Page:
This newsletter is leveraged to showcase the data-driven successes by various teams and individuals. By doing so, it helps create a culture around data and a competitive environment to support involvement by others. The added benefit is that it supports the tip of destroying silos. When you highlight what other departments are doing, it triggers cross-department ideas and innovation.
Tip #6: Respect Privacy and Instill a Code of Ethics
As more individuals in your organization are exposed to data, the governance around that data is a critical component of education. In a world of GDPR, CCPA, and other consumer privacy regulations, it is important that everyone (and yes, I mean everyone) in your organization have the right training around data privacy and security. A plan has to be developed around more sensitive data. Having a code of ethics that centers around customer privacy is not to be taken lightly; it is the right thing to do.
Tip #7: Establish Office Hours & Regular Training Campaigns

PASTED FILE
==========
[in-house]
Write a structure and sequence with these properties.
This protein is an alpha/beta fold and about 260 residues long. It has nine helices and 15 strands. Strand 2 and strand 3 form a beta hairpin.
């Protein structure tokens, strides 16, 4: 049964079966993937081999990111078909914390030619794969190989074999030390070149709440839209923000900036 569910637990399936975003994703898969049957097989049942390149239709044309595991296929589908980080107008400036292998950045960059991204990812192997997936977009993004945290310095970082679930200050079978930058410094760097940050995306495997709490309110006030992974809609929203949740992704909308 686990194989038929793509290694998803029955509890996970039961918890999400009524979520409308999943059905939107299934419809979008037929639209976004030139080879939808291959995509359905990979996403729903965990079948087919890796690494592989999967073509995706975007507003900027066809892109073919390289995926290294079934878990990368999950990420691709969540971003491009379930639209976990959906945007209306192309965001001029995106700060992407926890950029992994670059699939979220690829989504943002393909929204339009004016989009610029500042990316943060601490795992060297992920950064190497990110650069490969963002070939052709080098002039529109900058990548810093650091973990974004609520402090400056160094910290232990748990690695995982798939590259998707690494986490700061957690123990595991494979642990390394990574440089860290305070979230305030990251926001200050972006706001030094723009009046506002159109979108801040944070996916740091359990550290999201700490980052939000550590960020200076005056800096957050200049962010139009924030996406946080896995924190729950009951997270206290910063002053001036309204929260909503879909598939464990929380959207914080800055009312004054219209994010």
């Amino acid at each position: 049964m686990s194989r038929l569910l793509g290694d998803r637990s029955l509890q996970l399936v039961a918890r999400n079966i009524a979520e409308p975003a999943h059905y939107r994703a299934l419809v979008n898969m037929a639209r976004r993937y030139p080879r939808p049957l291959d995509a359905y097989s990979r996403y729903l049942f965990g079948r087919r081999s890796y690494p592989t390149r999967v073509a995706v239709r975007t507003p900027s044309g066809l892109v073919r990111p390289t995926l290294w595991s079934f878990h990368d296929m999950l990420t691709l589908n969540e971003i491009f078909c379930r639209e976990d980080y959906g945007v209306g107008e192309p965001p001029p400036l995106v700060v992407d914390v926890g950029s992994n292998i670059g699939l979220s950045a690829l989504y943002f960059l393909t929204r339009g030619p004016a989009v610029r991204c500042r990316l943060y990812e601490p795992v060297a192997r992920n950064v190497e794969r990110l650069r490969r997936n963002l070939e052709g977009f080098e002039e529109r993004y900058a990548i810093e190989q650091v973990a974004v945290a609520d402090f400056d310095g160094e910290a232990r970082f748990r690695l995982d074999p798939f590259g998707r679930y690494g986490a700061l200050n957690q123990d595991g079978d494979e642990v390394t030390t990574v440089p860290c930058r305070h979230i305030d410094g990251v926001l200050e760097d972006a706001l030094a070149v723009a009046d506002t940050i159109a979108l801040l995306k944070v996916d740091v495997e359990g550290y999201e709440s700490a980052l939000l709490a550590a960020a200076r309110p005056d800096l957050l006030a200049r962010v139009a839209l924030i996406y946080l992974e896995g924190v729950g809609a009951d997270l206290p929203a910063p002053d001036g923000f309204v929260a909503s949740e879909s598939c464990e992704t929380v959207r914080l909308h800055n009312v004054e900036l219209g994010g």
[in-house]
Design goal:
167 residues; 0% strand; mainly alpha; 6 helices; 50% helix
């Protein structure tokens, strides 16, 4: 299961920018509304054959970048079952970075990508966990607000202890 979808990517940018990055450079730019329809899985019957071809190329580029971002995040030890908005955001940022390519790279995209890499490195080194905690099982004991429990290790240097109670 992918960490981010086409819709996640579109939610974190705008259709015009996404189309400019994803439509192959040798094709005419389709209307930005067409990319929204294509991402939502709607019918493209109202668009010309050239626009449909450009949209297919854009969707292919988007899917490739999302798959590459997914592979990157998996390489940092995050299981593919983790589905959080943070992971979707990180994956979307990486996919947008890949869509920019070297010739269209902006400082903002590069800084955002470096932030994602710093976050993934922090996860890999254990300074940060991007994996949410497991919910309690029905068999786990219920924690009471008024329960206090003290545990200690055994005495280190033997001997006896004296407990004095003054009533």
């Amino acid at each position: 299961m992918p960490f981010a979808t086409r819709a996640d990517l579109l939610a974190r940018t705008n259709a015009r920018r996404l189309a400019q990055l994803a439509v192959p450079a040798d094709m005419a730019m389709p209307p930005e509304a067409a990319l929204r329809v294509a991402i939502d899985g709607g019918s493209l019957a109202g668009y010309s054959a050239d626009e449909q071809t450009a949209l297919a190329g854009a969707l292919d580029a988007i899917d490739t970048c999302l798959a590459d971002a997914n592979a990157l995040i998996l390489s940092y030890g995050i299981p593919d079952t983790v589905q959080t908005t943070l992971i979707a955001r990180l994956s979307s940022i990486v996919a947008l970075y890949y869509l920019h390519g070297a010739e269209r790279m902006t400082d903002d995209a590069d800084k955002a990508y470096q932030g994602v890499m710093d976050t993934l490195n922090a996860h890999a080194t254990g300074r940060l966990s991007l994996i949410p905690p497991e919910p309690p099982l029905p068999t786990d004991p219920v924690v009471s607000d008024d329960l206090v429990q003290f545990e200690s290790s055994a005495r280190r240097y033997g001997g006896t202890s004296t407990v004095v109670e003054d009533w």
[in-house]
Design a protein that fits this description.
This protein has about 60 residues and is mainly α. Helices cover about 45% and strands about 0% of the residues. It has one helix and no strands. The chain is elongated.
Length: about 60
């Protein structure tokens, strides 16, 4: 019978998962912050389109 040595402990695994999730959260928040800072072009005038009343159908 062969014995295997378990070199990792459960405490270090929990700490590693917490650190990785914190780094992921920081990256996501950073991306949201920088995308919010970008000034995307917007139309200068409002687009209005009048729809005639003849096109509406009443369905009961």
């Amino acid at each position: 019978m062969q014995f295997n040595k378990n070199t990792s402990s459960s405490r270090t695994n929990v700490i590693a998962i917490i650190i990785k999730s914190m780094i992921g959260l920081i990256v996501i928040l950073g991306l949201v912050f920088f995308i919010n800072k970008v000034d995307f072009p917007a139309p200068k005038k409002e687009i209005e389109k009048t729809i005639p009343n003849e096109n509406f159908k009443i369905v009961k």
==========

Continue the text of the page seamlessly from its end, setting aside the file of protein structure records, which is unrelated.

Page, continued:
Not everyone in your organization has the statistical rigor and experience of being an analyst. Just because you tell the entire organization that “hey, we’re going to use data now!” doesn’t mean that individually they are ready. You must support them. Office hours and regular trainings are a great way for your analyst team to support the entire organization with their data needs (also supports breaking down the silos). When possible, office hours and trainings should be in-person for more effective communication.
If you establish office hours and trainings, you have to continually promote them by sharing success stories and iterating for improvement in the format, delivery, and communication. It is a commitment, but a very critical one that supports the cultural transformation.
Tip #8: Launch an Awards Program for Impactful Insights + Actions
When an individual or team have provided data-driven insights that led to meaningful actions it is the perfect opportunity to recognize their impacts! This should also be showcased on your Center of Excellence and Insights Newsletter. Whether this is a monthly award for the top impact or a monetary-based award, the ideas here are boundless and you can make it fun.